In the conventional MPEG4/H.264 AVC MVC standard, motion estimation is performed on blocks of the image, through searching the best matching block in the pervious image. The difference in the position of the best matching block in the previous image relative to the actually searched block is the motion vector. The blocks and motion vectors are coded and the decoder generates the predicted frame in the motion compensation step (in Motion Compensation module 34), by placing the matched blocks from the referenced frame to the position, determined by the motion vectors, in the current frame. Through the feedback to the encoder input the residuals are calculated by subtraction, so that the decoders on the receiver side can generate pictures, using the motion vectors belonging to the blocks, corrected with the residuals. The inventive coding apparatus differs from this conventional technique in that instead of simple motion estimation, the inventive real 3D geometry based common relative motion vectors are determined in a 3D disparity motion vectors module 37.
It can be seen that very effective coding method and decoding methods and apparatuses are obtained, that can perform inter-view compression with a high efficiency, as well as enabling reduced storage capacity and the transmission of true 3D, broad-baseline light-field content in a reasonable bandwidth.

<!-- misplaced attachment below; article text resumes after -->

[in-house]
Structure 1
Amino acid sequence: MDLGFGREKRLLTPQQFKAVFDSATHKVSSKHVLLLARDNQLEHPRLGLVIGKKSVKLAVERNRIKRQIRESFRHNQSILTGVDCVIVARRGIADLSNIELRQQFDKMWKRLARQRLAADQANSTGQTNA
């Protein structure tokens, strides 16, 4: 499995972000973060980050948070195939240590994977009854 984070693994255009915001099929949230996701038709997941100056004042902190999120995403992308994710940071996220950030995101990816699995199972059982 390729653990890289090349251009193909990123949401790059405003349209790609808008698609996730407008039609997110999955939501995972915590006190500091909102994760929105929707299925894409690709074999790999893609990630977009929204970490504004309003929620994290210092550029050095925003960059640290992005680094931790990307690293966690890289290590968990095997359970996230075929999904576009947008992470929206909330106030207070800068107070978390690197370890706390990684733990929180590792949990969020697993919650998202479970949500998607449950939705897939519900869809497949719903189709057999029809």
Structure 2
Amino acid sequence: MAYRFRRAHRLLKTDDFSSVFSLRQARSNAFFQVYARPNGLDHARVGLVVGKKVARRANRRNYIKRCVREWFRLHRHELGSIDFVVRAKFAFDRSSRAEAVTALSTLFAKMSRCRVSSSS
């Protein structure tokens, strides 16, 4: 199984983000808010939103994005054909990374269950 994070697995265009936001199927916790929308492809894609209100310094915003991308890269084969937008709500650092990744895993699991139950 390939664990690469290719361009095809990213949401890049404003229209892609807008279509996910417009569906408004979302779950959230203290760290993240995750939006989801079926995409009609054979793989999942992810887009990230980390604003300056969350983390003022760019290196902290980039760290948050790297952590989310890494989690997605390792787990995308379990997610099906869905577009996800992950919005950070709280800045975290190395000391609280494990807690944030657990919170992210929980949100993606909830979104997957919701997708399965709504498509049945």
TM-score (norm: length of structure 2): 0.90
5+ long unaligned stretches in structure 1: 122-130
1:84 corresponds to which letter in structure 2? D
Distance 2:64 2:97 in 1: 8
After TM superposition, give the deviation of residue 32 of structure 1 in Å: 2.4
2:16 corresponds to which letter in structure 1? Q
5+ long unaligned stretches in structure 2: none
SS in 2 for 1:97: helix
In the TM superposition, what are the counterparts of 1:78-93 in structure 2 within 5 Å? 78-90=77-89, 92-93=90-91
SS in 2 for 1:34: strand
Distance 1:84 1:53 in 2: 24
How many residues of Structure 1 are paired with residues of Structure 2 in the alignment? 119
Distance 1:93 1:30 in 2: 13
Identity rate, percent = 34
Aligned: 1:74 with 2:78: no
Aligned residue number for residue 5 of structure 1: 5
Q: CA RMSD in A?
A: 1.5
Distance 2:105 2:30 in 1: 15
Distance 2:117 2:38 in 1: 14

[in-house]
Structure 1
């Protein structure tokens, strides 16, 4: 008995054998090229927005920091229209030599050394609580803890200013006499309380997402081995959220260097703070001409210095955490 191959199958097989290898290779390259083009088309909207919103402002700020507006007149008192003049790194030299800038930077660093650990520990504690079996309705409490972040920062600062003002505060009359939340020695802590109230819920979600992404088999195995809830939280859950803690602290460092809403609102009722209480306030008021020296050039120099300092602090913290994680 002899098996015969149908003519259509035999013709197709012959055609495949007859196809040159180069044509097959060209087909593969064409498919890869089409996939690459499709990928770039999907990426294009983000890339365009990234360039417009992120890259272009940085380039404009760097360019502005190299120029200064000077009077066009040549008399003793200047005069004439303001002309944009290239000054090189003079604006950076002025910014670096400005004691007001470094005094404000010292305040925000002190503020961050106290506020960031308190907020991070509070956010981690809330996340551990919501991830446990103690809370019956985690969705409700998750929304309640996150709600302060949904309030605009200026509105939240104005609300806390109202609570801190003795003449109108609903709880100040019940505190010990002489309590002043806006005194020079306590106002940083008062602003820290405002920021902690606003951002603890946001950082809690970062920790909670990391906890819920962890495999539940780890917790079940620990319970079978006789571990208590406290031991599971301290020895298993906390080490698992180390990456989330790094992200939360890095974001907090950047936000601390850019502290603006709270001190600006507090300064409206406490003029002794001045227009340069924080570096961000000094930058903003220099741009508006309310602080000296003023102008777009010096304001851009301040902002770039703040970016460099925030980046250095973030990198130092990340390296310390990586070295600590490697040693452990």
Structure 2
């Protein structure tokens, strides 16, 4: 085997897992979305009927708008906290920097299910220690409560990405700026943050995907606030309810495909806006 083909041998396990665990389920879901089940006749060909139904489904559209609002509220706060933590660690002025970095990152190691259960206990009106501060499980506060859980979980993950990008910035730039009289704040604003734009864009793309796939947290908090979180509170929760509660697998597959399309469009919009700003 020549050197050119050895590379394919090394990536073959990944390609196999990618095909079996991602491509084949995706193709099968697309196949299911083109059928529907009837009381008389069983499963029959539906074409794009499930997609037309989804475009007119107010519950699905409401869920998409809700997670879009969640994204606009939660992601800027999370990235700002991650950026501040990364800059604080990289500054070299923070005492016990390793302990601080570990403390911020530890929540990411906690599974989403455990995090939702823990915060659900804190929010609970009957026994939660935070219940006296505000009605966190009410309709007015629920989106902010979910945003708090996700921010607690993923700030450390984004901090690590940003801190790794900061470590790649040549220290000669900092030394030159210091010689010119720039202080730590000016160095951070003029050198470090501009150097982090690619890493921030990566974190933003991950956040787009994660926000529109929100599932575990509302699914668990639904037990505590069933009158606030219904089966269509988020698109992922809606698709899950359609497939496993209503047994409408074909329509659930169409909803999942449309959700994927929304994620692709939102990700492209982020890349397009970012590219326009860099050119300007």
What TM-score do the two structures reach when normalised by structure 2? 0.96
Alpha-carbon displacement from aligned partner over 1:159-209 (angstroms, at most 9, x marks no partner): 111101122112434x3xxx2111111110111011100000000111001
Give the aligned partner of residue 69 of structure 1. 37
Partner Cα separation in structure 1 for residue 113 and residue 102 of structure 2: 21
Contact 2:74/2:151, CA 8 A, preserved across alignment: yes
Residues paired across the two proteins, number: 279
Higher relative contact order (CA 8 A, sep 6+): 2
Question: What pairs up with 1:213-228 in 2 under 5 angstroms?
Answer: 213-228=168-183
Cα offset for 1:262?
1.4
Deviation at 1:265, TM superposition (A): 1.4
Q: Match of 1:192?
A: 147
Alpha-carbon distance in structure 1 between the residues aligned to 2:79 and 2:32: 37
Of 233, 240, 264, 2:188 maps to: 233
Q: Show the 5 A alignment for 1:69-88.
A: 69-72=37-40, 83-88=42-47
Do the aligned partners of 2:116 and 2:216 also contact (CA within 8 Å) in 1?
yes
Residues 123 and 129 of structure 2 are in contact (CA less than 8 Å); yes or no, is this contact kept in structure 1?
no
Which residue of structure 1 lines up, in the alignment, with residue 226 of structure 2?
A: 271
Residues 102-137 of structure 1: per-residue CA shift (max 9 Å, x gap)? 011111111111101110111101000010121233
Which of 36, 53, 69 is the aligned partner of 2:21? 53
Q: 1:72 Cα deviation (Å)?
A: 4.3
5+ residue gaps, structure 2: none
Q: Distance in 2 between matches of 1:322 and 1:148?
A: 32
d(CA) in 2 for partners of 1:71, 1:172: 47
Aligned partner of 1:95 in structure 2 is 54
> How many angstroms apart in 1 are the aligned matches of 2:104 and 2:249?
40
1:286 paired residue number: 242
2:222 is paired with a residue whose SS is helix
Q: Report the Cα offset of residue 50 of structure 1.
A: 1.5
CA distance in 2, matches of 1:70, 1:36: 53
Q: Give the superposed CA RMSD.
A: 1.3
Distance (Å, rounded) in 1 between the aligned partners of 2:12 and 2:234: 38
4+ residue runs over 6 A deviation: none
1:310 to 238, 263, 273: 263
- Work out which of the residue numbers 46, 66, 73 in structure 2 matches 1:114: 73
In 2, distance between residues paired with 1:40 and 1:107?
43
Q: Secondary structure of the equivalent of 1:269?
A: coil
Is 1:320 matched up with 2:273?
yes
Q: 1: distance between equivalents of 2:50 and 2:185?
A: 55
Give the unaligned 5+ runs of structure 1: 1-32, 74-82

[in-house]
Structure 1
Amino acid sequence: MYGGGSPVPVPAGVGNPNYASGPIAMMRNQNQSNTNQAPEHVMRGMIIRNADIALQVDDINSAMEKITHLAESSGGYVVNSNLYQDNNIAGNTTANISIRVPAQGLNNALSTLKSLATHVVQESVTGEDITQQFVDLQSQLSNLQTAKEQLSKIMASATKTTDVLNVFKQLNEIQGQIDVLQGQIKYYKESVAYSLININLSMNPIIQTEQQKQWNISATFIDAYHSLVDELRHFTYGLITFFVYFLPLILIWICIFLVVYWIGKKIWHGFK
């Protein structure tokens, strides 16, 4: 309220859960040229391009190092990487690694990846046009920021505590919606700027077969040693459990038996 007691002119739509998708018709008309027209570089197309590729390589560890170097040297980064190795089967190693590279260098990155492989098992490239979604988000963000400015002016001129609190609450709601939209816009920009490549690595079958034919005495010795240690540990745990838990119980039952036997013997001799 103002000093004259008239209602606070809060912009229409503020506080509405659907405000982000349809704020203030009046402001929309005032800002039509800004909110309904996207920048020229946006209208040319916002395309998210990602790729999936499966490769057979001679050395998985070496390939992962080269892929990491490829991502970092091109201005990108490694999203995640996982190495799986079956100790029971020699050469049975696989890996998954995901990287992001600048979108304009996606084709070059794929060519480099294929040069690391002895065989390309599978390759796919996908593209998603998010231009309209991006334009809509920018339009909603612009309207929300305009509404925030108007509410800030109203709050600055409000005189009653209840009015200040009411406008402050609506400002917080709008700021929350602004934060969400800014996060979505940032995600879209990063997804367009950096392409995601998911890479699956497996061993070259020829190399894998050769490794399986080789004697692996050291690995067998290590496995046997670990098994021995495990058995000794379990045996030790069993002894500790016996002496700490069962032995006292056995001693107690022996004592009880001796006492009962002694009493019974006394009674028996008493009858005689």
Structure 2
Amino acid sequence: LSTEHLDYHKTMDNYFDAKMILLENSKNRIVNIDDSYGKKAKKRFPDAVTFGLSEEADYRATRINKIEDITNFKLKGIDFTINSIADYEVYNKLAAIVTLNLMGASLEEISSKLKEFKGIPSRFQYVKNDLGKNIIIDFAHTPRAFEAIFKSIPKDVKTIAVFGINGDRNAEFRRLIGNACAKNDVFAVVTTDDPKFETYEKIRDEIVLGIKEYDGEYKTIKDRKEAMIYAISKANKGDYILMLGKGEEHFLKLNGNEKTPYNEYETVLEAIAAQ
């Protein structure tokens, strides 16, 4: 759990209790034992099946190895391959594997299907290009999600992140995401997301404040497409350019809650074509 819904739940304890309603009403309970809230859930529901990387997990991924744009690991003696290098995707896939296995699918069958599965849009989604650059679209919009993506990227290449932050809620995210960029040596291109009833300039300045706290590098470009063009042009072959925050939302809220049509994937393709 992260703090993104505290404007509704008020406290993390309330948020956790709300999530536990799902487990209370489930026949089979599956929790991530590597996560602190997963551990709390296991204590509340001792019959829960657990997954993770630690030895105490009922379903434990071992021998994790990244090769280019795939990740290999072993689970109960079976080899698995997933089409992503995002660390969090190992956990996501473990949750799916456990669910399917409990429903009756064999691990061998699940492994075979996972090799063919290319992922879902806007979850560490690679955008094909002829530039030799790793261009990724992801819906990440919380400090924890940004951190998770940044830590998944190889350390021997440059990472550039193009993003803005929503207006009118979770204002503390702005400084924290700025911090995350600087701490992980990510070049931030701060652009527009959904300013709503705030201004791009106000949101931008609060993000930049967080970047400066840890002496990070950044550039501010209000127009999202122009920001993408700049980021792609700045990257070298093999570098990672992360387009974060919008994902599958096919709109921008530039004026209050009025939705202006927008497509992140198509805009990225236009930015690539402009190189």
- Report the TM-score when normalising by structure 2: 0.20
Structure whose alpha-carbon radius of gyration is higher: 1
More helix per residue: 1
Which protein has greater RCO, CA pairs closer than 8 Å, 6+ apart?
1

The invention is not limited to the shown and disclosed embodiments, but further improvements and modifications are also possible within the scope of the following claims.
1. An image coding method for coding motion picture data comprising 2D view images (13) corresponding to spatially displaced views (12) of a 3D scene (11), comprising the step of
- obtaining geometry-related information about the 3D geometry of the 3D scene (11) by
- identifying corresponding image parts (20) in the 2D view images (13) of the 3D scene (11), and
- determining the displacements of the corresponding image parts (20) over the 2D view images 13 the displacements being a consequence of the 3D geometry of the 3D scene 11, characterized by